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ECLA, prebisch, and the problem of latin american development

  • Ramón Ramírez Gómez
Article

Keywords

Foreign Investment Latin American Country Comparative International Development Private Initiative Economic Planning 
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Notes

  1. 1.
    Preliminary note of the report, published in a supplement ofComercio Exterior, a publication of theBanco National de Comercio Exterior, S.A., Mexico, D.F., April 1963, p. 1.Google Scholar
  2. 2.
    Supplement ofComercio Exterior, op. cit., p. 8.Google Scholar
  3. 3.
    Supplement ofComercio Exterior, op. cit., p. 25.Google Scholar
  4. 4.
    Supplement ofComercio Exterior, op. cit., p. 24.Google Scholar
  5. 5.
    John MaynardKeynes,Teoría General de la Ocupación, el Interés y el Dinero. Mexico: Fondo de Cultura Económica, 1943, p. 364.Google Scholar
  6. 6.
    Supplement ofComercio Exterior, op. cit., p. 18.Google Scholar
  7. 7.
    Supplement ofComercio Exterior, op. cit., p. 19.Google Scholar
  8. 8.
    GunnarMyrdal,Teoría Económica y Regiones Subdesarrolladas. Mexico: Fondo de Cultura Económica, 1959, pp. 95–6.Google Scholar
  9. 9.
    Supplement ofComercio Exterior, op. cit., p. 23.Google Scholar
  10. 10.
    M.Rosental and P. Iudin,Diccionario Filosófico Abreviado. Montevideo: Ediciones Pueblos Unidos, 1959, p. 439.Google Scholar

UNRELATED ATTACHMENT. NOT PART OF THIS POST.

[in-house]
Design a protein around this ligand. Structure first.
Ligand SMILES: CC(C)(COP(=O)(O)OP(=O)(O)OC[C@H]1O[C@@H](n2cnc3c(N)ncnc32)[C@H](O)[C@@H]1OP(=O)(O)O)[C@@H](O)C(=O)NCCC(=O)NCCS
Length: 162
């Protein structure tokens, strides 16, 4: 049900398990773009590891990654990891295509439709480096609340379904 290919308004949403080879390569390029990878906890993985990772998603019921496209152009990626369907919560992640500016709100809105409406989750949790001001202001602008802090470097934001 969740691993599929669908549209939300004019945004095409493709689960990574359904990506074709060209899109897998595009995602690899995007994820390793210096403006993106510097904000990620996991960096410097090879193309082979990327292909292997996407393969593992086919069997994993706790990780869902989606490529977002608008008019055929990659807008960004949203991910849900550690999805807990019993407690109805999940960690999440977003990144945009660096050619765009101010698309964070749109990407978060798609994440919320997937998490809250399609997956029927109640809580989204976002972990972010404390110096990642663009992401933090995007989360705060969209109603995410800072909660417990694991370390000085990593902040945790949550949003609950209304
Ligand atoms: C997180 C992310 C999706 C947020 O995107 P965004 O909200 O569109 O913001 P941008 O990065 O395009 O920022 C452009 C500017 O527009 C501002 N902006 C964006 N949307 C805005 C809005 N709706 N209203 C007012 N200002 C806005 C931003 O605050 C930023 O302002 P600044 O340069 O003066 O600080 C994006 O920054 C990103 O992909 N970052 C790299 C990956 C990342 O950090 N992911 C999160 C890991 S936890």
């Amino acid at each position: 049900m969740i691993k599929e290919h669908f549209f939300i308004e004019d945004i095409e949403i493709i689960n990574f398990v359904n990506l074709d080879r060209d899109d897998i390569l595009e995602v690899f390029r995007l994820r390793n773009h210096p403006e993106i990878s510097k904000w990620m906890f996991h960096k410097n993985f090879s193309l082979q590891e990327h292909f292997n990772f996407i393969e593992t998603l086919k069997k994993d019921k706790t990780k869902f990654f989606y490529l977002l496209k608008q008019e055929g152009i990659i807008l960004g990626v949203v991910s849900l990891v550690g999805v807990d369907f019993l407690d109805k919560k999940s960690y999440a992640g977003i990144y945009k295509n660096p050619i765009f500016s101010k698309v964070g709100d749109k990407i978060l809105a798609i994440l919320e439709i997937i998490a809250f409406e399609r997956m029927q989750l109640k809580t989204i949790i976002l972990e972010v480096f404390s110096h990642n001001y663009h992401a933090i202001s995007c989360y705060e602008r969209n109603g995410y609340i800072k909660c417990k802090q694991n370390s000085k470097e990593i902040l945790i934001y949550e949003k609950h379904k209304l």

11. 11.
    Charles Bettelheim, in the preface of his book,Problemas Teóricos y Prácticos de la Planificatión, likewise says that “planning is only possible if the economic contradictions deriving from the private ownership of the means of production are eliminated and replaced by social property.” Madrid: Editorial Tecnos, 1962, p. 19. Finally, Eugene Varga, a prominent Hungarian economist, affirms that “a society can only plan the economy if the means of production, or in the extreme case their most decisive part, are socialist property.”Cuba Socialista, No. 8, April 1962, Havana, p. 95.Google Scholar
  12. 12.
    This has been affirmed, among others, by P. A. Baran, Charles Bettelheim, and Eugene Varga. The first writes “that it is impossible to effect any planning deserving of that name, in a society in which the means of production remain under the control of private interests which manage them with the purpose of achieving maximum profits (or guarantees or other particular advantages) for their owners.”El Trimestre Económico, No. 115, July-September 1962, Mexico, D.F., p. 453.Google Scholar
  13. 13.
    Supplement ofComercio Exterior, op. cit., p. 29.Google Scholar
  14. 14.
    AlbertoBaltra,Crecimiento Económico de América Latina. Santiago de Chile: Editorial del Pacífico, S.A., 1961, p. 105.Google Scholar
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    Op. cit., p.110.Google Scholar
  16. 16.
    Supplementof Comercio Exterior, op. cit., p. 34.Google Scholar
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    Político Monetaria en Poíses Subdesarrollados, Centro de Estudios Monetarios Latinoamericanos, Mexico, D.F., 1955, p. 92.Google Scholar
  18. 18.
    Monthly Economic Letter, July 1963, a publication of the First National City Bank of New York.Google Scholar
  19. 19.
    Boletin Económico de América Latina, Vol. VI, Statistical Supplement. Santiago de Chile: United Nations, Economic Committee for Latin America, November 1961, p. 46.Google Scholar
  20. 20.
    N. Kaldor, “Inflation and Growth in Latin America,” Conference held at Rio de Janeiro on January 3–11, 1963.Google Scholar

Copyright information

© Springer 1966

Authors and Affiliations

  • Ramón Ramírez Gómez
    • 1
  1. 1.National University of mexicoMexico

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